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Getting a Medal of Honor upgrade could be a tall order

With only 2.6 percent of Medals of Honor having been awarded to Black troops since 1863, legislative action may be needed.

NEWPORT NEWS, Va. — Just 2.6 percent of the more than 3,500 Medals of Honor awarded to U.S. troops since 1863 have gone to African Americans.

The vast majority of those decorations were bestowed prior to World War I. Between 1861 and 1918, the Medal was awarded nearly 3,000 times. 

Still, the math is pretty hard to accept for modern-day Black veterans.

"We know it was unfair, so what do we do now?" asked Vietnam War Army veteran Jim Cornish of Newport News, Virginia. "How do we tell what's going to happen now? I mean, you can't get it back."

RELATED: Questions raised about the numbers in the awarding of the Medal of Honor

The decades since Vietnam are long gone, of course. And after 54 years, so, too -- in all likelihood -- are members of Cornish's immediate chain of command who could testify about specific acts of valor.

He received a Silver Star for "exceptionally valorous action" in 1967. He believes he should have gotten a Medal of Honor but was denied because of the color of his skin.

However, getting a medal upgrade is a pretty tall order. Army policy does not allow for self-nomination and under 10 U.S. Code, Section 1130, there are very specific rules regarding who can.

Army Medal of Honor Public Affairs Sergeant First Class Anthony Hewitt said, "In cases more than three years old, by law, the recommendation must be endorsed by a member of Congress and forwarded to the Service Secretary for consideration.

"In all cases, as our nation's highest award for combat valor, the recommendation must present incontestable proof of the valorous act and is considered on the standard of extraordinary merit."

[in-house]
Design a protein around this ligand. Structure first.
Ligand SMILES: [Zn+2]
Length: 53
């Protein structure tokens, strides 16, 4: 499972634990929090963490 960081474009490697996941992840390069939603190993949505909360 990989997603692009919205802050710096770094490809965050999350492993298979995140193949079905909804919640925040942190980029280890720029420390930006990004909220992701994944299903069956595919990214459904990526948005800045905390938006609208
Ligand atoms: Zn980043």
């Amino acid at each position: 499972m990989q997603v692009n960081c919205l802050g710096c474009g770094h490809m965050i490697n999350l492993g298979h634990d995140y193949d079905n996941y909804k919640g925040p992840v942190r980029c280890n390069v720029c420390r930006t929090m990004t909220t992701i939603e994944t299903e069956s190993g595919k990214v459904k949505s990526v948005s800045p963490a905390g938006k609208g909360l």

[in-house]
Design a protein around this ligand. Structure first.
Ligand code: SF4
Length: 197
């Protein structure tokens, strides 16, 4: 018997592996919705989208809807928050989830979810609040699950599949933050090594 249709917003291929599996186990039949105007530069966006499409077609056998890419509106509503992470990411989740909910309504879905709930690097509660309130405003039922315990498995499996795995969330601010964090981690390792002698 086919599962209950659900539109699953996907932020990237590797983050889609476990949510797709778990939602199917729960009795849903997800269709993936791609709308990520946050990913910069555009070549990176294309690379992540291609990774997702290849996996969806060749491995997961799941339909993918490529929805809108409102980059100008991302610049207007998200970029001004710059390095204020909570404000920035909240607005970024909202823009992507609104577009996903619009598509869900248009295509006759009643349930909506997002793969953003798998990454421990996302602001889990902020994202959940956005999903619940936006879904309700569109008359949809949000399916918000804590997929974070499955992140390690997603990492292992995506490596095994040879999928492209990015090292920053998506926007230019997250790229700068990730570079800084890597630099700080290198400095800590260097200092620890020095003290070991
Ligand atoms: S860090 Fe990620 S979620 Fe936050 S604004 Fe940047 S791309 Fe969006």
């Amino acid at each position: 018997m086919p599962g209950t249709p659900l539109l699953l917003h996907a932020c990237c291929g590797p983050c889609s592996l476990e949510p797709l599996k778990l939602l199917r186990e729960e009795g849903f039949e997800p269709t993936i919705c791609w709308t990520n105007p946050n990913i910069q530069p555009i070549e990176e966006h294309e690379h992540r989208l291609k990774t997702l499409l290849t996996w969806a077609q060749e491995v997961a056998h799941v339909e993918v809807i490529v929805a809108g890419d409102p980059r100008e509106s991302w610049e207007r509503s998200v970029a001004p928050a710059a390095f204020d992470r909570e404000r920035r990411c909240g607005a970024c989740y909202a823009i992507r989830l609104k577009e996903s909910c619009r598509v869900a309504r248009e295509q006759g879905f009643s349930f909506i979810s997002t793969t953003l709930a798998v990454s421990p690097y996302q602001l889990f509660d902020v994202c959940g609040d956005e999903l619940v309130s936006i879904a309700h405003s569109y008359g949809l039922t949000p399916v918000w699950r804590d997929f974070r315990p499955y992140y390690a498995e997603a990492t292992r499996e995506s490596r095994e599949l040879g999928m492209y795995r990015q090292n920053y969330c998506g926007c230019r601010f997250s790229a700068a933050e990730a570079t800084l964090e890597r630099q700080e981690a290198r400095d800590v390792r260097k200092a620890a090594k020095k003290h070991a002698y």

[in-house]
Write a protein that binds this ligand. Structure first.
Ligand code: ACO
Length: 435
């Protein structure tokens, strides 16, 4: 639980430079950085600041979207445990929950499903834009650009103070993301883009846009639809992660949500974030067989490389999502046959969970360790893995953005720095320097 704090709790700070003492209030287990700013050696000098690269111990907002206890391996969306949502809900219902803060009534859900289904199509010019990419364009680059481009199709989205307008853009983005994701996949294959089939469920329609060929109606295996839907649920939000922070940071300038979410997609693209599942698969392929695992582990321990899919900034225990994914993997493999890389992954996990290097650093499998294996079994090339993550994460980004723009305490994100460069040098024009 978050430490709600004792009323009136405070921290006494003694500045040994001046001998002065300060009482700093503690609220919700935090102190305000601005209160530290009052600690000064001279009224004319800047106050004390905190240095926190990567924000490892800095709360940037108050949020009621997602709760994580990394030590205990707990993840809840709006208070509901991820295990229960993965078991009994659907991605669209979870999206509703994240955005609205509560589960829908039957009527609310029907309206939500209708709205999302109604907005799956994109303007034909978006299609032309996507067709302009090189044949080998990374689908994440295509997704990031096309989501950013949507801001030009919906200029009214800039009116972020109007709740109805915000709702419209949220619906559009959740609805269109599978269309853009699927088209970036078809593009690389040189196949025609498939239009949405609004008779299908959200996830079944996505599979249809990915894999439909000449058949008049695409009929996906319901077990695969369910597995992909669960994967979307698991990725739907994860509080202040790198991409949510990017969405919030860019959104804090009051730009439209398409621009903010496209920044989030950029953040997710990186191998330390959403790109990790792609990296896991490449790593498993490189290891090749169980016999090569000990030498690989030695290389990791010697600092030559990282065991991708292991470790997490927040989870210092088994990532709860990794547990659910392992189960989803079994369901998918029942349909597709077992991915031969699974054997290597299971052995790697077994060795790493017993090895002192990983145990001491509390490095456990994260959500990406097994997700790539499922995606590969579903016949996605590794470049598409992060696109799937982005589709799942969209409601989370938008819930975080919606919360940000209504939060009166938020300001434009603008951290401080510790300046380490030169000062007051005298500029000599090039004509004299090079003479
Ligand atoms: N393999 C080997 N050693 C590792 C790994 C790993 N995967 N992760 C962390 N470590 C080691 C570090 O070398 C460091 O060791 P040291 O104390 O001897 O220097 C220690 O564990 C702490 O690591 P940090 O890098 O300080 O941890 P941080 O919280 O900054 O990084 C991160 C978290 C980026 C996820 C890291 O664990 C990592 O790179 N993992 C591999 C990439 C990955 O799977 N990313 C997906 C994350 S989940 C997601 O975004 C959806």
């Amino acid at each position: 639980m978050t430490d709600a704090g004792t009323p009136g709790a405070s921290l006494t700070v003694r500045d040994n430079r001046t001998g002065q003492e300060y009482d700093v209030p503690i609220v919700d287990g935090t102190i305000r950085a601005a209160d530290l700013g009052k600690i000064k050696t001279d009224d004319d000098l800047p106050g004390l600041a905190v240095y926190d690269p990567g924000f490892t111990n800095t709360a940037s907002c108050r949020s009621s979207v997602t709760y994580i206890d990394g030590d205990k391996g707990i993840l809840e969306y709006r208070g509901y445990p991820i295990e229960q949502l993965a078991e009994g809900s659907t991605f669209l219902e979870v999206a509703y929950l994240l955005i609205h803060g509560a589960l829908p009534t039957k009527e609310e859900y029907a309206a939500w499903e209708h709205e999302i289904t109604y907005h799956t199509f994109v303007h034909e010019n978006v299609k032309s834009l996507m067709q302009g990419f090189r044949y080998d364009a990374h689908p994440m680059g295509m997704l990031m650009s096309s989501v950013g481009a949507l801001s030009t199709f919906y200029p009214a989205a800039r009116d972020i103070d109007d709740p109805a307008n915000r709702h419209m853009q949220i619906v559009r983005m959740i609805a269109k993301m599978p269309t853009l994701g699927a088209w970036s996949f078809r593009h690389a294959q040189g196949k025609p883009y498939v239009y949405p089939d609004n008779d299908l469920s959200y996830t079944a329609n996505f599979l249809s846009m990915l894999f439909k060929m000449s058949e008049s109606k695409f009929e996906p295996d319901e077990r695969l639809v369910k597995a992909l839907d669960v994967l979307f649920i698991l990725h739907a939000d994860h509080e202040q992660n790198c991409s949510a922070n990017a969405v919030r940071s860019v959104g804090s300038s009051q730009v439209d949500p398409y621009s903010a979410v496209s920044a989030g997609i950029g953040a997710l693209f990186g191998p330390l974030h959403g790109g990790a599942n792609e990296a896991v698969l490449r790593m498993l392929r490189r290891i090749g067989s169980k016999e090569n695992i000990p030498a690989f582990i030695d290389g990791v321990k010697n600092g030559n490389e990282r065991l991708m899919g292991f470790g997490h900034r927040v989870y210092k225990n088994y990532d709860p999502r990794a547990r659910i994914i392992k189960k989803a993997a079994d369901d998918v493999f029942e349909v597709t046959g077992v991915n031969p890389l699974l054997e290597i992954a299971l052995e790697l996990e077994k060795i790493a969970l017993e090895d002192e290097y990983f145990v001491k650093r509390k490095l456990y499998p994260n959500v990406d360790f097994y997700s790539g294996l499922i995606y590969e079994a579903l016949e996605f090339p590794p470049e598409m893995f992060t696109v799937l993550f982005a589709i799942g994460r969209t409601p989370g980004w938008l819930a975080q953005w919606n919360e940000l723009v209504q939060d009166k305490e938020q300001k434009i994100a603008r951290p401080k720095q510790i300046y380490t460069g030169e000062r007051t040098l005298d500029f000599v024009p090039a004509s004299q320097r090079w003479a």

He added: "The Army may revisit a previous award decision if there is an indication of procedural error, impropriety, or if the recommender presents new, substantive and material information which fundamentally changes the original award recommendation."

Cornish is hopeful that by talking about it now, maybe he can bring about some change. His friend, fellow Vietnam War veteran and Silver Star recipient Zinerva White of Hampton, Virginia, is also hopeful.

"I believe it's going to be a wake-up call," he said. "That's my hope and my belief."

House Armed Services Committee Vice-Chair Rep. Elaine Luria (D-Virginia, 2nd District) suggests that legislative action may be needed.

"In cases like this, I think there can be a process and more steps that we can take to make sure that people's service and heroism and those deserving of the highest award for service to our country can be recognized," she said.

Luria continued: "Potentially, some flexibility or other means by which to review or substantiate that to the service secretaries, I think more flexibility in the process through the service secretaries could allow people to be recognized potentially who've been overlooked for their acts of valor and heroism."

Cornish said change can't come soon enough.

"It was a very unfair system," he said. "We fought just as hard as anybody else."

There is precedence for efforts to upgrade medals being successful. One week ago, Ralph Puckett of Georgia got the good news he's been waiting for, for a long time.

President Joe Biden called the 94-year-old retired colonel and Korean War vet to tell him of his decision to approve upgrading Puckett's Distinguished Service Cross to the Medal of Honor. No date for that presentation has been made public yet.

Of course, time could be running out for others. The nation's oldest Medal of Honor recipient, Iwo Jima veteran Charles Coolidge of Tennessee, died last month at the age of 99.

And, just this past Saturday, 89-year old Medal of Honor recipient and Korean War veteran Ernie West of Kentucky passed away.

There are now only 67 living Medal of Honor recipients.

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